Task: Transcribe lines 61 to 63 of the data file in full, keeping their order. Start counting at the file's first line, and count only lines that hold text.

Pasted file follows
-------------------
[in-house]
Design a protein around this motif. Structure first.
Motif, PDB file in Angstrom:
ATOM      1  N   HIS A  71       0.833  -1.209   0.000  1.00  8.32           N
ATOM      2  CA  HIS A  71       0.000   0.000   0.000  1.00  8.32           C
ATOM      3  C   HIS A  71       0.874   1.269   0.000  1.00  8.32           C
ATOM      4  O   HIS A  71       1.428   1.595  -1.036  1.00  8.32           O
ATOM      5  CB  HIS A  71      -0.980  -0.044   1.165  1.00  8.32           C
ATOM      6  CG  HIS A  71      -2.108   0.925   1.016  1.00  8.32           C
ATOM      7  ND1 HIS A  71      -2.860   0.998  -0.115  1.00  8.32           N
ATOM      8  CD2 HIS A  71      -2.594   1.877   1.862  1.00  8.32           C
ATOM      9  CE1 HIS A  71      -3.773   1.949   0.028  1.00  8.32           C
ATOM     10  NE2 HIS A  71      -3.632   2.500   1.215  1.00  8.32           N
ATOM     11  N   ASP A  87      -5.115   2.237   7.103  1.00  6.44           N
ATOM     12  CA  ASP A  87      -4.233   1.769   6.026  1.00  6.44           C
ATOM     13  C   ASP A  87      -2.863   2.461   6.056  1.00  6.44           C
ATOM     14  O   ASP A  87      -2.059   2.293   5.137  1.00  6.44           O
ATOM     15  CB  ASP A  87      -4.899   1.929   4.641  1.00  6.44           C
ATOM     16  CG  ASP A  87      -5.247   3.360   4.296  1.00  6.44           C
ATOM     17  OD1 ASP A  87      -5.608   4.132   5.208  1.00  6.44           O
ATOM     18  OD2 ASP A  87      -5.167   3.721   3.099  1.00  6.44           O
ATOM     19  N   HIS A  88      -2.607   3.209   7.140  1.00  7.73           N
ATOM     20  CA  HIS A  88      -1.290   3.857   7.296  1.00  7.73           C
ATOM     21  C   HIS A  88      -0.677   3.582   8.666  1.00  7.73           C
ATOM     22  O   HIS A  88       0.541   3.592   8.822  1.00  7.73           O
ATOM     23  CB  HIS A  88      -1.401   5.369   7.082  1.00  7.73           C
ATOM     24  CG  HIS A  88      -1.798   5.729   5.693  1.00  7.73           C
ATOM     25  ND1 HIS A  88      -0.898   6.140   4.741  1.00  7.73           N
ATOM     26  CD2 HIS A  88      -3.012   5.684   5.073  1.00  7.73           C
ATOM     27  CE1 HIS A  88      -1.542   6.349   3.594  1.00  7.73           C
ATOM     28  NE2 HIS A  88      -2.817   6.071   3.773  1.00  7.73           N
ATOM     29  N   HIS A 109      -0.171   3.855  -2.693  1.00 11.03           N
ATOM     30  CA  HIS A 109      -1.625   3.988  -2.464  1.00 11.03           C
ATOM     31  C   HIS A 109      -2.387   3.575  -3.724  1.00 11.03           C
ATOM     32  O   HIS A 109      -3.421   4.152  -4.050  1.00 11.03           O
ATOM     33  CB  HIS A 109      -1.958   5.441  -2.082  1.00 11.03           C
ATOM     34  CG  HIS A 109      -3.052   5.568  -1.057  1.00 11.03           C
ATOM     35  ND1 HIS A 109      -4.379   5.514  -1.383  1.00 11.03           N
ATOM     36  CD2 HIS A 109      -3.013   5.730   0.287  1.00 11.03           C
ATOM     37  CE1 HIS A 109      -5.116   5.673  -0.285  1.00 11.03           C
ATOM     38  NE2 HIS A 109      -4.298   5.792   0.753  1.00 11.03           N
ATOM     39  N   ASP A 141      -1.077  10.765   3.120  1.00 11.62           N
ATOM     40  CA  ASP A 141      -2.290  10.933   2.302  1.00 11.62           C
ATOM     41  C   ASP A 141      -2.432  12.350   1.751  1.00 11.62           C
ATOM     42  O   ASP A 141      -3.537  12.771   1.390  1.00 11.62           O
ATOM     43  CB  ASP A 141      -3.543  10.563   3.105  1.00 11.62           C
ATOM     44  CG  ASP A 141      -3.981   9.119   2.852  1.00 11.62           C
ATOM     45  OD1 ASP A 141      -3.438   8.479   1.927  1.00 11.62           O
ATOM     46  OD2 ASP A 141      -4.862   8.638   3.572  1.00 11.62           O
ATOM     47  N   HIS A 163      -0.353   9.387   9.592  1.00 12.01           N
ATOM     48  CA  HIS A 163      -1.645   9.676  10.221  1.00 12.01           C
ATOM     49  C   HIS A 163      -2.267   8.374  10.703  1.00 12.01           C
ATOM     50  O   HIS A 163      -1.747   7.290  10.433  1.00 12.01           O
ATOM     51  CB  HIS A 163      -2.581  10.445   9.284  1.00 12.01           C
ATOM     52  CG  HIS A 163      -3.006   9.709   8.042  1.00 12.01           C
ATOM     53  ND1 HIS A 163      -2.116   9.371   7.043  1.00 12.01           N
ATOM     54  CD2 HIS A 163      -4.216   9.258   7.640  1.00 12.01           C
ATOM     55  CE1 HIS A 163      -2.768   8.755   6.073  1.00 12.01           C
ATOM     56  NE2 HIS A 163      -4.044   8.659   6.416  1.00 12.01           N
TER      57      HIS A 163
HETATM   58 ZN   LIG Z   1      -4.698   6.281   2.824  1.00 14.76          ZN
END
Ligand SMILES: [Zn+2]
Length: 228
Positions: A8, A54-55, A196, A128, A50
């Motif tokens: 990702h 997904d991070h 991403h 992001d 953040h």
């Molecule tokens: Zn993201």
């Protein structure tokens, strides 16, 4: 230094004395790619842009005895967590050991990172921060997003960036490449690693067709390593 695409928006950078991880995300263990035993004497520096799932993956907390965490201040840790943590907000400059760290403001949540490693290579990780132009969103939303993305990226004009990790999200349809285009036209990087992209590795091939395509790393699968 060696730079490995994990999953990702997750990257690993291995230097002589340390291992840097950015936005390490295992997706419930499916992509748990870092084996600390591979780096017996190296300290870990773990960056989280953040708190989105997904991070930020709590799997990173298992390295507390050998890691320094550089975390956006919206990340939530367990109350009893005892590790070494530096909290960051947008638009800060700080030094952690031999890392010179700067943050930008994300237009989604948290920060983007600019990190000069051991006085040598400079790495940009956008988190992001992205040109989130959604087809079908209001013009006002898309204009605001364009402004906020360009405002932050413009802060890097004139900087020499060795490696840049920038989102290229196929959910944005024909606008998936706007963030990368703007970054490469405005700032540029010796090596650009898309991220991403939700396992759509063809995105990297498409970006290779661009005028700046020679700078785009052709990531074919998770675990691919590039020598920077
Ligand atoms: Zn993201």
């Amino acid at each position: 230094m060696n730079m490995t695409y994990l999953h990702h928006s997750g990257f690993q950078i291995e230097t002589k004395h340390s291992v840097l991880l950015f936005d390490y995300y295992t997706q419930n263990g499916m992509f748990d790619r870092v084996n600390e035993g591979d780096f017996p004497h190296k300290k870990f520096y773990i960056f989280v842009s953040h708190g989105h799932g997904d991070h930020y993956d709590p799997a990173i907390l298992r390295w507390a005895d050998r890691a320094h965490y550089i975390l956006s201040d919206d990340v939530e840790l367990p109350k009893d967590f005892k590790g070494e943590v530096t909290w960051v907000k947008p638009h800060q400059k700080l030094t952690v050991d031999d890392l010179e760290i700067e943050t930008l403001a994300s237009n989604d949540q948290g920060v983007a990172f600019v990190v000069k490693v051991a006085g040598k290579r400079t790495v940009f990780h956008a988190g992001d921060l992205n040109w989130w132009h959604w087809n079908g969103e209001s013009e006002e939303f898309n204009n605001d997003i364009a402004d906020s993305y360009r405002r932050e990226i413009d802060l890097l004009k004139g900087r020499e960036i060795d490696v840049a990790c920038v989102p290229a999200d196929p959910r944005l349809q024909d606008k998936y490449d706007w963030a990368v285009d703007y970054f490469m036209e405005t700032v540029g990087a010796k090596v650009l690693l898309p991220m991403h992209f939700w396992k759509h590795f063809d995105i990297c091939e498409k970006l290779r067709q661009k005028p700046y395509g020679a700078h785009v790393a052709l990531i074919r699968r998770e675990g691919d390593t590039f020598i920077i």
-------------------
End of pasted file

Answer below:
HETATM   58 ZN   LIG Z   1      -4.698   6.281   2.824  1.00 14.76          ZN
END
Ligand SMILES: [Zn+2]